Instead of looking to the past, how about looking into the future? In theory, this would give us spectacular results and make us the richest people on the planet. In practice, it’s a lot easier said than done.

That’s not to say that a lot of people won’t try to make money selling us on the idea that they can predict what stocks will do from one year to the next. The problem is that they’re doing that because they’re likely to make more money by selling that idea than actually following it themselves. Otherwise we’d all know their name by now. (The person who’s name we all probably know, Warren Buffett, was quoted as saying “Stop trying to predict the direction of the stock market, the economy, interest rates or elections.”)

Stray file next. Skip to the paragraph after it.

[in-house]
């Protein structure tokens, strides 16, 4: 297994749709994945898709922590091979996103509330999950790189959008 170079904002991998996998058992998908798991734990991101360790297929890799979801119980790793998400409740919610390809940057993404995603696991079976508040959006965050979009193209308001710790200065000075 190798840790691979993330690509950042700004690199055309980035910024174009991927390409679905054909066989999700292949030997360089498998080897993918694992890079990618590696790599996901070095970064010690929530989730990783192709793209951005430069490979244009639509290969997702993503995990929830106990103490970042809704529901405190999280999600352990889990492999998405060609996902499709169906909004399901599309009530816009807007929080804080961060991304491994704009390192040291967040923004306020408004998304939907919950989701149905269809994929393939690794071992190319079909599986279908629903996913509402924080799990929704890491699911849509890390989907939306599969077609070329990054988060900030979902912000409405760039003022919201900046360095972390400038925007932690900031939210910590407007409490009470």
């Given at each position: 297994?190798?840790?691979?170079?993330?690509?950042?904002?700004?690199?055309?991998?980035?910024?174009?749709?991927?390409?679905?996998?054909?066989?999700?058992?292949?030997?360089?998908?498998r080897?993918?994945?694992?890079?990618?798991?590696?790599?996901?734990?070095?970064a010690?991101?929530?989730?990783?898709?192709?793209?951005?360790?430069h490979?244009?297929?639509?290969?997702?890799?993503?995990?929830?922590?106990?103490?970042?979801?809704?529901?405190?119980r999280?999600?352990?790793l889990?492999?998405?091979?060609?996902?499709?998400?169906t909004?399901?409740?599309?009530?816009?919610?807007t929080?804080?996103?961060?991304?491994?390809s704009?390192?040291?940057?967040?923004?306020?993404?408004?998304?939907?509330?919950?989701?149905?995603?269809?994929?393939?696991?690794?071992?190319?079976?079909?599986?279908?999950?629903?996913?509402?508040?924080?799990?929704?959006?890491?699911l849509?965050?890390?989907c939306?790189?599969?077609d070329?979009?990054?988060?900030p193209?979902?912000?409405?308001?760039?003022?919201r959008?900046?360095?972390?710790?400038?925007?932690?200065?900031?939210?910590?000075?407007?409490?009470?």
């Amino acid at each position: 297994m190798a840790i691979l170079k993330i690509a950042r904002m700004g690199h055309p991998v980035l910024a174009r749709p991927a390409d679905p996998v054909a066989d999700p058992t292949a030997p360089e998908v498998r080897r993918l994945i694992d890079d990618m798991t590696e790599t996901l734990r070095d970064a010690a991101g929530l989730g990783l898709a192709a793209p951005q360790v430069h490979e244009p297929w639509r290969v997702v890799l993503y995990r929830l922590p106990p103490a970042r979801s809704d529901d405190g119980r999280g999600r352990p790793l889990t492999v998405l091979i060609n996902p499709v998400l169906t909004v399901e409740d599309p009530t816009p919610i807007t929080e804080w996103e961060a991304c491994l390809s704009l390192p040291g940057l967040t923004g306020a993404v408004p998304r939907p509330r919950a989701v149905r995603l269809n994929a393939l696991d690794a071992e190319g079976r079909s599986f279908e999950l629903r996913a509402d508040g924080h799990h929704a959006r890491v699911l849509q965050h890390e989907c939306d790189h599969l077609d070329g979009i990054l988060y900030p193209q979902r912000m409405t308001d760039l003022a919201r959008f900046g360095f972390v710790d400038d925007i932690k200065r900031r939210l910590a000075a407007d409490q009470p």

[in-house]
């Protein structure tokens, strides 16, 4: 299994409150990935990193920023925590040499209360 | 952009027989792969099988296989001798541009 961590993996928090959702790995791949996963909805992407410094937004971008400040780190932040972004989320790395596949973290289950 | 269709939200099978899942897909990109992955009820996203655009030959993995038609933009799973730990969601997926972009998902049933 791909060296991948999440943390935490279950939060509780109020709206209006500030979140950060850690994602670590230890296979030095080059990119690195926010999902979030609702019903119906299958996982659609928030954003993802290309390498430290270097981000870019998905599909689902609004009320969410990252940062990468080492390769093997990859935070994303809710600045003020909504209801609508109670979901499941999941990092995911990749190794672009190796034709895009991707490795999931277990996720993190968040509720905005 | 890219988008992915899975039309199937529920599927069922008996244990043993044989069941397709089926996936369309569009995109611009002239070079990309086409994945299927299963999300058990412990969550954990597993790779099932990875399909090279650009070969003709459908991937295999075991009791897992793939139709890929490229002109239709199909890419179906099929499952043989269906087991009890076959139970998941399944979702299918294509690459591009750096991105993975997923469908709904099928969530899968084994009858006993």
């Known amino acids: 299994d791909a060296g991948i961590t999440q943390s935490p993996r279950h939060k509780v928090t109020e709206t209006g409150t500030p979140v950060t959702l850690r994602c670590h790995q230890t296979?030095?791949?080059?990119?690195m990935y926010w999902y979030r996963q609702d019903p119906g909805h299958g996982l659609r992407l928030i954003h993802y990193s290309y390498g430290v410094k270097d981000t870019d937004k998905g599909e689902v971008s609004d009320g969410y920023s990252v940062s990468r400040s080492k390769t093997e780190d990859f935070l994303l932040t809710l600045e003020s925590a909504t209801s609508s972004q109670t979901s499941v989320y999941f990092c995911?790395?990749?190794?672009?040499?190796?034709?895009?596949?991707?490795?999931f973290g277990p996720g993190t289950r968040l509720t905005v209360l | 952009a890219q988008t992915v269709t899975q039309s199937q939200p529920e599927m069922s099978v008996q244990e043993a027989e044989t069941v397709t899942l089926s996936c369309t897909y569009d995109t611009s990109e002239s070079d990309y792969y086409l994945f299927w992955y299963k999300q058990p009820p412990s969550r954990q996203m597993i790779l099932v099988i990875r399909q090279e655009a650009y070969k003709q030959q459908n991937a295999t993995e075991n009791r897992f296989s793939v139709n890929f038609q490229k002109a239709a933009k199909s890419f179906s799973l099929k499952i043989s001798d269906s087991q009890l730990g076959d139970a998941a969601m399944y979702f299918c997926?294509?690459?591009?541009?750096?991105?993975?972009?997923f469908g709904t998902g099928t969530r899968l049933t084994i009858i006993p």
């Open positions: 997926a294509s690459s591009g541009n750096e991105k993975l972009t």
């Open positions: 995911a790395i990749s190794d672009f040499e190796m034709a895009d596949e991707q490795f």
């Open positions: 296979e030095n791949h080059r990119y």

Putting all your eggs in one basket
Warren Buffett also said that diversification is a protection against ignorance but he neglected to mention that when it comes to investing, we’re all a little ignorant because none of us knows the future. Even Buffett makes mistakes from time to time. Diversification can prevent us from losing all our eggs when that proverbial basket breaks.

Diversification actually comes in two parts. The first is diversifying between asset classes, which means having a mix of stocks, bonds, cash and perhaps some alternative investments such as real estate and commodities that match your goals and tolerance for risk. Instead, we have a tendency to invest aggressively in stocks after stocks have been going up and move to cash after stock prices come back down. This can result in buying stocks while they’re relatively high and selling them when they’re relatively low.